Tied 82-82 with a minute left, Ricky Rubio drove the lane and four defenders were in the paint watching him, which meant nobody was out with Derrick Williams at the three point line, he got the pass and drained it. But the Kings had their chance at the end. Rubio needs to develop a floater, because late he drove again (a little too early in the clock) with a chance to seal it but missed an awkward pull up. The Kings grabbed the miss and pushed it in transition, and in a scramble the ball came out to Donte Green, who got a good look at the game winning three, but clanked it off the rim. If the Kings ever have a good first quarter (they were down 15) they may win a game.

Pacers 104, Jazz 99: Indiana got this win thanks to a fantastic fourth quarter by Danny Granger, who had 12 points on 5-of-6 shooting in the final period and finished the game with 25 points. It took a late 8-0 run for the Pacers to secure the win at all. Credit to the Jazz for even making a game of this — the Pacers had gone on a 14-2 run early in the third quarter and were up 21, but the Jazz would not just roll over. Utah went on a 25-4 run (sparked in part by Josh Howard and C.J. Miles off the Jazz bench), Indy shot 0-for-10 during it, and we had a tie game in the fourth. Paul Millsap was playing like a beast again and had 18. But the Pacers finally responded with nice ball movement and a Darren Collison three and they took the lead for good. Another great game for Roy Hibbert, who finished with 17 and 10. This is four road losses in a row for the Jazz, who are becoming one of those home/road Jekyll/Hyde teams.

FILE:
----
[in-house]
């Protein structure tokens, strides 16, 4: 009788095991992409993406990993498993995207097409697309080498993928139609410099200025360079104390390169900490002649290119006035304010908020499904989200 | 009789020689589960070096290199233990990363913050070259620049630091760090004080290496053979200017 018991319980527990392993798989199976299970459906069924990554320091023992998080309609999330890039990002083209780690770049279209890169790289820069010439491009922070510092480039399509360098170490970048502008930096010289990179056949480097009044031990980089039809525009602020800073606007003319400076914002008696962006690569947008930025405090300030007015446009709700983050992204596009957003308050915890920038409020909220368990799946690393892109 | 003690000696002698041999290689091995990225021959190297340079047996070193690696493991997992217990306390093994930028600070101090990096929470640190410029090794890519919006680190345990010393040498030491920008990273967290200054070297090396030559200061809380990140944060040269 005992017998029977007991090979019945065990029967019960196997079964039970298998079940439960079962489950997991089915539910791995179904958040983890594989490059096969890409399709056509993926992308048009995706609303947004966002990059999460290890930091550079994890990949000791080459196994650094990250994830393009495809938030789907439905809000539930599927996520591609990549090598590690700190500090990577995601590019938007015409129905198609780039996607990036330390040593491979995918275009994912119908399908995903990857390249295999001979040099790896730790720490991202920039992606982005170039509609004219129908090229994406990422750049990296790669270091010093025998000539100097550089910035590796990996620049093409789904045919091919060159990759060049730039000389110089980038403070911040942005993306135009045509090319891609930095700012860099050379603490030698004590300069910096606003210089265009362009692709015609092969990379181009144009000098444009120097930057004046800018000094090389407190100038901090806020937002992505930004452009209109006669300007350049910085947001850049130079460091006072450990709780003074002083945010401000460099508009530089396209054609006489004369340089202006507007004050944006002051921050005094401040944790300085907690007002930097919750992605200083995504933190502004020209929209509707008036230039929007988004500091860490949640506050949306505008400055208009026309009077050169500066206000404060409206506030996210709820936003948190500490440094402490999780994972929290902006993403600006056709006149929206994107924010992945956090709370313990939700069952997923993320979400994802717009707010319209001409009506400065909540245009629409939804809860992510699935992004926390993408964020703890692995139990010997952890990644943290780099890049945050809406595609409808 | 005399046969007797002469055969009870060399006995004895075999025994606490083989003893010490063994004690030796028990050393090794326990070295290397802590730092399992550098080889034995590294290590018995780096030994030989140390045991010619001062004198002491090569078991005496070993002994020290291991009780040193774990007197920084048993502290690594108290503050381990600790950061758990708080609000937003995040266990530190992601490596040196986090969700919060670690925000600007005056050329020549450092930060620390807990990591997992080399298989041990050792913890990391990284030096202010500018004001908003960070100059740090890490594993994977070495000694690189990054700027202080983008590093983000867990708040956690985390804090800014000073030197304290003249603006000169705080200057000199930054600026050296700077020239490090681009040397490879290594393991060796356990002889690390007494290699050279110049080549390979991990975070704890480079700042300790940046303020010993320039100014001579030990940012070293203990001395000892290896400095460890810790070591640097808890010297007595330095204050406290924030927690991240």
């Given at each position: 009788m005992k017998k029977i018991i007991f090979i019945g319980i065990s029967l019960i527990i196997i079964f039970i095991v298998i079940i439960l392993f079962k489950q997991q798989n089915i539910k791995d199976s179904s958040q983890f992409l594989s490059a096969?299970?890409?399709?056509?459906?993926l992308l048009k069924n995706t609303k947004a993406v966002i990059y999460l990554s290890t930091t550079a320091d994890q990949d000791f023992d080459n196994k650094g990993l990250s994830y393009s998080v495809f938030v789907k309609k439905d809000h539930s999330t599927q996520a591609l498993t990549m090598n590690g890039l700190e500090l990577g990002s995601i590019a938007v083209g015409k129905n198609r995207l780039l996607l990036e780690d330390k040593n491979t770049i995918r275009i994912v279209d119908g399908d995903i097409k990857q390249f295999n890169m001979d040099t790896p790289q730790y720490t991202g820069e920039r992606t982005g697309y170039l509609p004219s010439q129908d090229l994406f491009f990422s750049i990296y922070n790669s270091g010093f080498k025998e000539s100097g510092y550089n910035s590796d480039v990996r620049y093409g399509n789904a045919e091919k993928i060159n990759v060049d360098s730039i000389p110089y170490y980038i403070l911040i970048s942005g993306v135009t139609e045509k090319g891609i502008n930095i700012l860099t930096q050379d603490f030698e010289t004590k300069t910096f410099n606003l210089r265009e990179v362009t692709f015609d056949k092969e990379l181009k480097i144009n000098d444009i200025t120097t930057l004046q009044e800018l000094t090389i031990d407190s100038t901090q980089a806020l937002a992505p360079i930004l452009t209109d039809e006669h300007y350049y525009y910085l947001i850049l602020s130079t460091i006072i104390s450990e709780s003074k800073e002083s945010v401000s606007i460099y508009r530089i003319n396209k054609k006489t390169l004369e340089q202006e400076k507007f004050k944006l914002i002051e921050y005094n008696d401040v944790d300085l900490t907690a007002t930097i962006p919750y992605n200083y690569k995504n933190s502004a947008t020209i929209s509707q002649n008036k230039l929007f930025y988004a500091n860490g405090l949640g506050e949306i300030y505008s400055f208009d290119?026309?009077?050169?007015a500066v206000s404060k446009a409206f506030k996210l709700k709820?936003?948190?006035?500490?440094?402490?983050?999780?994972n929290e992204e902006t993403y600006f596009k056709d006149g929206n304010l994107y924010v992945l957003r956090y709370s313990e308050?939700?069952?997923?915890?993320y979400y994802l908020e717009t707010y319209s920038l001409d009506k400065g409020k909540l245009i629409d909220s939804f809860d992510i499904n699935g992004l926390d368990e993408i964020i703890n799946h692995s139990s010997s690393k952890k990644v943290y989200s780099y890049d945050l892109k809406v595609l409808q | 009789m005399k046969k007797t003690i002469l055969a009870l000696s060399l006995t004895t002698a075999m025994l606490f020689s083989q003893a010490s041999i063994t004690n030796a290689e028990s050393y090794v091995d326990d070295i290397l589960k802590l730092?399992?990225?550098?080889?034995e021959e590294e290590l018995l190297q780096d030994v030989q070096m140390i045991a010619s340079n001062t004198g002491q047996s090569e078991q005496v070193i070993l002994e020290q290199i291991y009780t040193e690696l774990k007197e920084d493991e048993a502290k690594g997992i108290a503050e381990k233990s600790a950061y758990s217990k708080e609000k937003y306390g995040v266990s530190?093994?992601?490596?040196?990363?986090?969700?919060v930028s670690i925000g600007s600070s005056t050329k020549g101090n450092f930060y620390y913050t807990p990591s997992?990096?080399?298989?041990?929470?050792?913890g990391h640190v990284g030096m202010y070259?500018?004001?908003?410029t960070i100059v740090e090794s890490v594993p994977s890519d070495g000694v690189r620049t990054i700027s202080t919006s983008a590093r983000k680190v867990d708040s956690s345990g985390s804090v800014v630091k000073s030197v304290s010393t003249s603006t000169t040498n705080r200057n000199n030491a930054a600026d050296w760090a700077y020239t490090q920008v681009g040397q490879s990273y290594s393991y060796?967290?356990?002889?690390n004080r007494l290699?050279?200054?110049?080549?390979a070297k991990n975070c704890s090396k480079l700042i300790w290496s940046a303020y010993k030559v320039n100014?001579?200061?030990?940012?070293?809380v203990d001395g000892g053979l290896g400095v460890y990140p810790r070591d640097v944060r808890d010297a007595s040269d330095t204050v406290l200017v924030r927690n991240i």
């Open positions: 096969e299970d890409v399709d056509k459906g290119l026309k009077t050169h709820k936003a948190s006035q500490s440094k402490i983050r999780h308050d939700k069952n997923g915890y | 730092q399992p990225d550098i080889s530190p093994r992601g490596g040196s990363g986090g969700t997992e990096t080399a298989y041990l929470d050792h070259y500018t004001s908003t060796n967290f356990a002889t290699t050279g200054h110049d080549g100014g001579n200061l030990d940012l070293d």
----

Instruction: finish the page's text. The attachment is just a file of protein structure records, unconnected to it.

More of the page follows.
Suns 107, Bucks 105: There was a moment early in the second quarter when Michael Redd came in, drained 5-of-6 for a quick 10 points, that must have been like a flashback to the people in Milwaukee. This was not a game with a lot of defense played by either side, the result was six Suns in double figures scoring (Marcin Gortat led the way with 21) and on the other side Drew Gooden had 25 (on 21 shots). But in the end, the best player on the floor — Steve Nash — hit the game winner and dominated Brandon Jennings on the night.

Celtics 94, Bobcats 84: It was Paul Pierce’s night — he passed Larry Bird on Boston’s all-time scoring list, had 15 points (but needed 18 shots to get there), 8 rebounds and 9 assists. Late in the first half the Celtics were forcing the ball to him to get him to the record and against a better team it might have hurt them, but this is the worst team in the league they faced. Charlotte, to their credit, hung pretty close for three quarters but an 11-0 Celtics run early in the fourth put this one away. Kevin Garnett had 22 points, Rajon Rondo had 14 assists and zero turnovers. Derrick Brown was 10-for-10 shooting for Charlotte, but they just lack players who can impact the game.

Thunder 119, Warriors 116: Defense? We don’t need no stinkin’ defense. The losing team in this game had an offensive rating of 117.2 in what was a fast-paced game with 99 possessions. Monta Ellis put up a blistering 48 points (on 29 shots), while on the other side Kevin Durant had 33 — do you think he meant to bank in the game winner? — and Russell Westbrook 31 (but nine turnovers). This came down to who make the plays at the end — Durant hit his game winner and blocked a Brandon Rush shot, while Ellis just could not knock down his good look. Some nights that’s the difference.